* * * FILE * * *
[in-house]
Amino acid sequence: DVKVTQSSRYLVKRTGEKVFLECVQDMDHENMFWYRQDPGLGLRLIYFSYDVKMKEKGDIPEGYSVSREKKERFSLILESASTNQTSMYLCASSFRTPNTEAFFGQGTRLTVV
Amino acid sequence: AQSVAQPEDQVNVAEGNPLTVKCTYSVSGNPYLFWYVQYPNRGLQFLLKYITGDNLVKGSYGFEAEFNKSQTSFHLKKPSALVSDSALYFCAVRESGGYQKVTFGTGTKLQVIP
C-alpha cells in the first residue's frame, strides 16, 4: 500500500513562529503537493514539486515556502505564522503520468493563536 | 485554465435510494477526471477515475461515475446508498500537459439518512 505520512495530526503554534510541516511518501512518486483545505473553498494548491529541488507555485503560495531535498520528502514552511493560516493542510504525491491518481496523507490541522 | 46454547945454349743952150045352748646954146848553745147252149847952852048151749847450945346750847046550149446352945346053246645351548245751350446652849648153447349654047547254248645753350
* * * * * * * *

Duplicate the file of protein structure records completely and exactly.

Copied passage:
[in-house]
Amino acid sequence: DVKVTQSSRYLVKRTGEKVFLECVQDMDHENMFWYRQDPGLGLRLIYFSYDVKMKEKGDIPEGYSVSREKKERFSLILESASTNQTSMYLCASSFRTPNTEAFFGQGTRLTVV
Amino acid sequence: AQSVAQPEDQVNVAEGNPLTVKCTYSVSGNPYLFWYVQYPNRGLQFLLKYITGDNLVKGSYGFEAEFNKSQTSFHLKKPSALVSDSALYFCAVRESGGYQKVTFGTGTKLQVIP
C-alpha cells in the first residue's frame, strides 16, 4: 500500500513562529503537493514539486515556502505564522503520468493563536 | 485554465435510494477526471477515475461515475446508498500537459439518512 505520512495530526503554534510541516511518501512518486483545505473553498494548491529541488507555485503560495531535498520528502514552511493560516493542510504525491491518481496523507490541522 | 46454547945454349743952150045352748646954146848553745147252149847952852048151749847450945346750847046550149446352945346053246645351548245751350446652849648153447349654047547254248645753350